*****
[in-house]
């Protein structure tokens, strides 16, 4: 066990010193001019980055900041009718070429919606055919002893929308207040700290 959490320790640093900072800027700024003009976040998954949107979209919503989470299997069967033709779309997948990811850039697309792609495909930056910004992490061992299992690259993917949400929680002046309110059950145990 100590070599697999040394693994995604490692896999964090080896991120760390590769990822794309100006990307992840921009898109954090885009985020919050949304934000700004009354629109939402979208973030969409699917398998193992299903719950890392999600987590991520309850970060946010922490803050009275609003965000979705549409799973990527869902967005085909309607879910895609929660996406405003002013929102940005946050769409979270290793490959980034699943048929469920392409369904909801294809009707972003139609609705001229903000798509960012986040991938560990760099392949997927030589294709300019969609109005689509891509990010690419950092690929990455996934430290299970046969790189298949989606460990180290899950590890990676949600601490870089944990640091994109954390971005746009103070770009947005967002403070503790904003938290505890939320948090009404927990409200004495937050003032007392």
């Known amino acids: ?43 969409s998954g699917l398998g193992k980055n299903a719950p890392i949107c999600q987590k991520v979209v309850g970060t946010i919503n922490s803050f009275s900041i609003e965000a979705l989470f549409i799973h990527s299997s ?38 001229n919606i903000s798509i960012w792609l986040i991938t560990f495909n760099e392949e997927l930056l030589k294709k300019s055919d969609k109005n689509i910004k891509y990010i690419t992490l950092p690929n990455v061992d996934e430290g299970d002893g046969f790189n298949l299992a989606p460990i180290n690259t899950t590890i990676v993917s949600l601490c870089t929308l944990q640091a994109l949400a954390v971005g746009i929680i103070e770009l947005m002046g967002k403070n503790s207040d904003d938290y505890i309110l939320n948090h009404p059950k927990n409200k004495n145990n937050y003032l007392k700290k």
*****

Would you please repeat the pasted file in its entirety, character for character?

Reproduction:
[in-house]
């Protein structure tokens, strides 16, 4: 066990010193001019980055900041009718070429919606055919002893929308207040700290 959490320790640093900072800027700024003009976040998954949107979209919503989470299997069967033709779309997948990811850039697309792609495909930056910004992490061992299992690259993917949400929680002046309110059950145990 100590070599697999040394693994995604490692896999964090080896991120760390590769990822794309100006990307992840921009898109954090885009985020919050949304934000700004009354629109939402979208973030969409699917398998193992299903719950890392999600987590991520309850970060946010922490803050009275609003965000979705549409799973990527869902967005085909309607879910895609929660996406405003002013929102940005946050769409979270290793490959980034699943048929469920392409369904909801294809009707972003139609609705001229903000798509960012986040991938560990760099392949997927030589294709300019969609109005689509891509990010690419950092690929990455996934430290299970046969790189298949989606460990180290899950590890990676949600601490870089944990640091994109954390971005746009103070770009947005967002403070503790904003938290505890939320948090009404927990409200004495937050003032007392």
């Known amino acids: ?43 969409s998954g699917l398998g193992k980055n299903a719950p890392i949107c999600q987590k991520v979209v309850g970060t946010i919503n922490s803050f009275s900041i609003e965000a979705l989470f549409i799973h990527s299997s ?38 001229n919606i903000s798509i960012w792609l986040i991938t560990f495909n760099e392949e997927l930056l030589k294709k300019s055919d969609k109005n689509i910004k891509y990010i690419t992490l950092p690929n990455v061992d996934e430290g299970d002893g046969f790189n298949l299992a989606p460990i180290n690259t899950t590890i990676v993917s949600l601490c870089t929308l944990q640091a994109l949400a954390v971005g746009i929680i103070e770009l947005m002046g967002k403070n503790s207040d904003d938290y505890i309110l939320n948090h009404p059950k927990n409200k004495n145990n937050y003032l007392k700290k």